4. Clothing

As you can imagine, with 5 children there are lots and lots of clothes. I purchase everything used from a consignment store up the road, pass these down through my kids and then donate or give away items when we’ve outgrown them. Google “fashion industry and the environment” and you will see in a glance that the production of clothing is one of the top sources of pollution on our planet. Could we do better? Absolutely, but sometimes I think it can be paralyzing to consider the “best case scenario” so I’ve adopted a “baby steps” approach to all of this with the understanding that small changes are better than nothing.

using consignment clothes

5. Reusable Containers

Packing 5+ snacks/ lunches every day means the potential for big time garbage. We’re not perfect, but we try to use plastic tupperware containers for snacks (vs. individually packed snack bags). In other words, we’ll buy the large bin of goldfish and the kids will bring smaller portions in reusable snack bags or tupperware rather than buying the ‘lunch’ packs that are prepackaged in single servings. My kids pack their own lunch so it’s one tiny thing for them to manage in the morning, and it’s ultimately a lot cheaper too!

kids getting what they need from lunch stations

Connecticut has now started charging $.10 for shopping bags. Not a big expense to be sure, but I love that it simply makes you think twice before using a disposable bag. If I’m really on my A-game I’ll remember to pack a reusable shopping bag but half the time I don’t really need a bag to begin with!

Finally, along a similar vein, we never buy plastic drink bottles (aside from the gallon of milk). We don’t drink juice or soda so the kids all have reusable water bottles and they can just grab water from the sink.

Self serve lunch stations for the children so they can pack their own lunch.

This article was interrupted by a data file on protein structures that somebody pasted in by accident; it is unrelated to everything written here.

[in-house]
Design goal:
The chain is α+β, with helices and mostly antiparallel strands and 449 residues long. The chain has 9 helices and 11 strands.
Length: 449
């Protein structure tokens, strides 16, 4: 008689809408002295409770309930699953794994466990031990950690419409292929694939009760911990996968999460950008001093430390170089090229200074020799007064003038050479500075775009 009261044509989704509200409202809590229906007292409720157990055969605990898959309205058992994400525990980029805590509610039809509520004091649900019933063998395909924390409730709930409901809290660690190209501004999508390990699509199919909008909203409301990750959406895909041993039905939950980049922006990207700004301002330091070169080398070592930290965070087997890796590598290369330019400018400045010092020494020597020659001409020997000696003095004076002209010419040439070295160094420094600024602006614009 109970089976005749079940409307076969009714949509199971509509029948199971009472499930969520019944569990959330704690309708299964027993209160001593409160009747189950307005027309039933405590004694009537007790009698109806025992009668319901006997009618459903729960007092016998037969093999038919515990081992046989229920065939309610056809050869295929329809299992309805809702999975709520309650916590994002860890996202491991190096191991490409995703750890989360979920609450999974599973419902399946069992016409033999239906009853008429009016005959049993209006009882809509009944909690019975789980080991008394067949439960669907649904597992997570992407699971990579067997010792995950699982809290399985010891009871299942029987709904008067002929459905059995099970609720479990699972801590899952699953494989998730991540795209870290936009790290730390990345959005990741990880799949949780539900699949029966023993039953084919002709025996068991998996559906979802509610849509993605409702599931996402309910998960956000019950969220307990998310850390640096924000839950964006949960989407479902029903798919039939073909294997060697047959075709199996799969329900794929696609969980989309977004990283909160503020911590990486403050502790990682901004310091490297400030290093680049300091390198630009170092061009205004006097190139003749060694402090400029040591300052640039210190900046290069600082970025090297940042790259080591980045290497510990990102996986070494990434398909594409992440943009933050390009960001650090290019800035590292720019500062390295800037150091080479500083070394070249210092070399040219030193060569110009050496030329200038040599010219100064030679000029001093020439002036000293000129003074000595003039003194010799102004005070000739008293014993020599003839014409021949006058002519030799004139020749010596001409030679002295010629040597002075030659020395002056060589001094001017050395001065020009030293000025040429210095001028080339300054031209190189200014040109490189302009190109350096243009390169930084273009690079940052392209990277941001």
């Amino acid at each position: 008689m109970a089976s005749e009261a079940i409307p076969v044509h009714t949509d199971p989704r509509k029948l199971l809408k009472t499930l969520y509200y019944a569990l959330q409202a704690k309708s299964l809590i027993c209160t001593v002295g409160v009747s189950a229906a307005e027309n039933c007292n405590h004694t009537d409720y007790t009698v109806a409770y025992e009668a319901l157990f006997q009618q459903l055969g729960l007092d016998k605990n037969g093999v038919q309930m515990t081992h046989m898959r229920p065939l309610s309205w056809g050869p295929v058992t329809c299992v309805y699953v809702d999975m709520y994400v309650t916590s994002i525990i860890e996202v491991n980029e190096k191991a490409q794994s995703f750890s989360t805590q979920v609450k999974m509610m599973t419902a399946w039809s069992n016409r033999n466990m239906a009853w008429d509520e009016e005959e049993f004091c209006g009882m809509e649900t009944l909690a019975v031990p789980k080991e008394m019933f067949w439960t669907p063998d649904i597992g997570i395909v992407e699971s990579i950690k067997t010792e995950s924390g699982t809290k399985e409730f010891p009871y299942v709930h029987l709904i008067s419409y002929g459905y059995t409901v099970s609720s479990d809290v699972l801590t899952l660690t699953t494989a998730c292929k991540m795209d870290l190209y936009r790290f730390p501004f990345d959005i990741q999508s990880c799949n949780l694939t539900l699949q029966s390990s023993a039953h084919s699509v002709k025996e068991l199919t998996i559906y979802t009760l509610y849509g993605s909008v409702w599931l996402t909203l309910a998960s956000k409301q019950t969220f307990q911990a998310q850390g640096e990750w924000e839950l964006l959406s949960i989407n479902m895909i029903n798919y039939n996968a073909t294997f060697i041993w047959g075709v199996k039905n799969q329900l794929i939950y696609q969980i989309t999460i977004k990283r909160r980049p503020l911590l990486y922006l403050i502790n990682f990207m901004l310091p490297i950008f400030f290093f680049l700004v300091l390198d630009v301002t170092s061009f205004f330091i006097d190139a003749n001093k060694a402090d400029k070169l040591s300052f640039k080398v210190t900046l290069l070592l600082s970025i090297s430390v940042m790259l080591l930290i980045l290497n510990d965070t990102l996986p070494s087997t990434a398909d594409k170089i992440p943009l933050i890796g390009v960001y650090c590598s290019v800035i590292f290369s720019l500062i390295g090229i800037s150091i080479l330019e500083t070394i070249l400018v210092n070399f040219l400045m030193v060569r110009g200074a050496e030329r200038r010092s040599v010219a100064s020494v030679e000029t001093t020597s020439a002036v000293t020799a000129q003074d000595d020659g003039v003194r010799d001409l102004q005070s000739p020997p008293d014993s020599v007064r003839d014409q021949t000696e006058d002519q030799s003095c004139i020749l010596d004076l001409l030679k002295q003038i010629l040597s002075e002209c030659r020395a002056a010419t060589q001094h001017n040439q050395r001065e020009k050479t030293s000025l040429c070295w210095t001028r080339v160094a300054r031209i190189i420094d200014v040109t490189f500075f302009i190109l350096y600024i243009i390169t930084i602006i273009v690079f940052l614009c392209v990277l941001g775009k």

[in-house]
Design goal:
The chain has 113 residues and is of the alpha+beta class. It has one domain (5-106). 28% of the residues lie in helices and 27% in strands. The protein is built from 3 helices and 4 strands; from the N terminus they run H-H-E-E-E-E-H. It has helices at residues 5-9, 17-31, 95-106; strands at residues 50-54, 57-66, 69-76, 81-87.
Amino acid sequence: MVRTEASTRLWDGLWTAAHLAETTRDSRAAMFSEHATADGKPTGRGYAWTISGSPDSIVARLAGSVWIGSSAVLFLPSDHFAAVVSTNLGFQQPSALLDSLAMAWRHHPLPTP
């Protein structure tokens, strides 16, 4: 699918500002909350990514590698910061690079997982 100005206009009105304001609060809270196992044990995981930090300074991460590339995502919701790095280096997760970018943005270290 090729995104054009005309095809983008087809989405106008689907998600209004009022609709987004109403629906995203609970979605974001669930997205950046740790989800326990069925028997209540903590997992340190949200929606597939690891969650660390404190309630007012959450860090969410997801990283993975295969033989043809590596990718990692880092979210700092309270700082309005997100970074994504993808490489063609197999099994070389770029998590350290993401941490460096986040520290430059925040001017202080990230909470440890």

6. What we Eat

You do NOT have to agree with this, which is totally cool, but the articles I’ve read and research I’ve done support the idea that animal products aren’t great for the environment and they’re not great for our bodies these days. There are so many chemicals used and so much waste associated with the industry that I’m trying to be more aware of when we eat meat and dairy and when we don’t ‘need’ it. We are a big cereal family so dairy is hard for us to quit quite honestly. Limiting our meat consumption is a little bit easier and it’s been a nice excuse to poke around Pinterest for vegetarian and vegan recipes.

Enjoying s'mores in the backyard

Overall, we have a LONG way to go towards living with a zero footprint, but I’m trying to be more conscious of making better choices when I can. Simple swaps like using cleancult and simply trying to produce less waste is the first step and hopefully one we can improve upon over time!

family photo eco friendly changes

Leave me a comment and let me know what your approach is to all of this and ways in which you’re trying to ‘clean up your act’! And reminder to head over to cleancult’s site to learn more.


XO Charlotte

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    1. Hi Jennifer! I’m not very adventurous, so my favorite vegan recipes are usually variations on something I might typically add meat: so a vegetarian bean chili maybe or a black bean soup. I’ve made a DELICIOUS chocolate cake 🙂 Still working on being better about this one on a more regular basis.